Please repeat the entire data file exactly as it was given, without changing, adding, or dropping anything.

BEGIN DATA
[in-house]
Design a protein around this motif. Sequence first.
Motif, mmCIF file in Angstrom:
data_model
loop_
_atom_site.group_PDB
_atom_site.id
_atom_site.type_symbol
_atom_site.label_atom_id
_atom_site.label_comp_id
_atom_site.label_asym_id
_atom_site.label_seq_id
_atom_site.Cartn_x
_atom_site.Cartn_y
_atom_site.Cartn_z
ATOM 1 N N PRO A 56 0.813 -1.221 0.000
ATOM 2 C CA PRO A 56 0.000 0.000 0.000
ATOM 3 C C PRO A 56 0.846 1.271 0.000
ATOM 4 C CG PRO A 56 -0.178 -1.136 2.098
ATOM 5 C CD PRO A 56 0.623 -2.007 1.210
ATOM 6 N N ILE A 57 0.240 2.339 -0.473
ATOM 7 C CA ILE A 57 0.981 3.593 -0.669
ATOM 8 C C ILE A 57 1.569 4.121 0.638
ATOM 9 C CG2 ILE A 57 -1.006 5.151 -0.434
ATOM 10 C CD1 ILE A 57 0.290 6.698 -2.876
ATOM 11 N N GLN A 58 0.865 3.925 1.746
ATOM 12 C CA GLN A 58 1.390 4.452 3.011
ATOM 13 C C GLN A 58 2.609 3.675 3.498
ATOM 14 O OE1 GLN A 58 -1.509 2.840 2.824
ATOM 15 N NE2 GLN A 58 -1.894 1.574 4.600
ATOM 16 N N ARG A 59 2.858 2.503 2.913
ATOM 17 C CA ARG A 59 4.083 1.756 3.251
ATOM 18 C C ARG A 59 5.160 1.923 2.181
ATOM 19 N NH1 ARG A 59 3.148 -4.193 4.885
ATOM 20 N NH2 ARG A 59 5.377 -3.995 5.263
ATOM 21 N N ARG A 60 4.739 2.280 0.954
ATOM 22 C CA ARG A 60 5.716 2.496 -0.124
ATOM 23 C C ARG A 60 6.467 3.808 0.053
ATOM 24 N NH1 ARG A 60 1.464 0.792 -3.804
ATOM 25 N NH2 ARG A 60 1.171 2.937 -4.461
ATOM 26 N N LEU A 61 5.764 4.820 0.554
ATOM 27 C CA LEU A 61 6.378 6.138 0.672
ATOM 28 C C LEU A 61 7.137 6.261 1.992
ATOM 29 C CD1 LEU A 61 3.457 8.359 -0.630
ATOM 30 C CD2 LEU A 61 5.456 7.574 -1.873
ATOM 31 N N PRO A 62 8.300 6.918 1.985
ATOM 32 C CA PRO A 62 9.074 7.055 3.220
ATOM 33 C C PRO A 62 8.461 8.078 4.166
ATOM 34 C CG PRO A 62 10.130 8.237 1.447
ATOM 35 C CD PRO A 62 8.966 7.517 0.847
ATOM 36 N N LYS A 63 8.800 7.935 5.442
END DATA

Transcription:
[in-house]
Design a protein around this motif. Sequence first.
Motif, mmCIF file in Angstrom:
data_model
loop_
_atom_site.group_PDB
_atom_site.id
_atom_site.type_symbol
_atom_site.label_atom_id
_atom_site.label_comp_id
_atom_site.label_asym_id
_atom_site.label_seq_id
_atom_site.Cartn_x
_atom_site.Cartn_y
_atom_site.Cartn_z
ATOM 1 N N PRO A 56 0.813 -1.221 0.000
ATOM 2 C CA PRO A 56 0.000 0.000 0.000
ATOM 3 C C PRO A 56 0.846 1.271 0.000
ATOM 4 C CG PRO A 56 -0.178 -1.136 2.098
ATOM 5 C CD PRO A 56 0.623 -2.007 1.210
ATOM 6 N N ILE A 57 0.240 2.339 -0.473
ATOM 7 C CA ILE A 57 0.981 3.593 -0.669
ATOM 8 C C ILE A 57 1.569 4.121 0.638
ATOM 9 C CG2 ILE A 57 -1.006 5.151 -0.434
ATOM 10 C CD1 ILE A 57 0.290 6.698 -2.876
ATOM 11 N N GLN A 58 0.865 3.925 1.746
ATOM 12 C CA GLN A 58 1.390 4.452 3.011
ATOM 13 C C GLN A 58 2.609 3.675 3.498
ATOM 14 O OE1 GLN A 58 -1.509 2.840 2.824
ATOM 15 N NE2 GLN A 58 -1.894 1.574 4.600
ATOM 16 N N ARG A 59 2.858 2.503 2.913
ATOM 17 C CA ARG A 59 4.083 1.756 3.251
ATOM 18 C C ARG A 59 5.160 1.923 2.181
ATOM 19 N NH1 ARG A 59 3.148 -4.193 4.885
ATOM 20 N NH2 ARG A 59 5.377 -3.995 5.263
ATOM 21 N N ARG A 60 4.739 2.280 0.954
ATOM 22 C CA ARG A 60 5.716 2.496 -0.124
ATOM 23 C C ARG A 60 6.467 3.808 0.053
ATOM 24 N NH1 ARG A 60 1.464 0.792 -3.804
ATOM 25 N NH2 ARG A 60 1.171 2.937 -4.461
ATOM 26 N N LEU A 61 5.764 4.820 0.554
ATOM 27 C CA LEU A 61 6.378 6.138 0.672
ATOM 28 C C LEU A 61 7.137 6.261 1.992
ATOM 29 C CD1 LEU A 61 3.457 8.359 -0.630
ATOM 30 C CD2 LEU A 61 5.456 7.574 -1.873
ATOM 31 N N PRO A 62 8.300 6.918 1.985
ATOM 32 C CA PRO A 62 9.074 7.055 3.220
ATOM 33 C C PRO A 62 8.461 8.078 4.166
ATOM 34 C CG PRO A 62 10.130 8.237 1.447
ATOM 35 C CD PRO A 62 8.966 7.517 0.847
ATOM 36 N N LYS A 63 8.800 7.935 5.442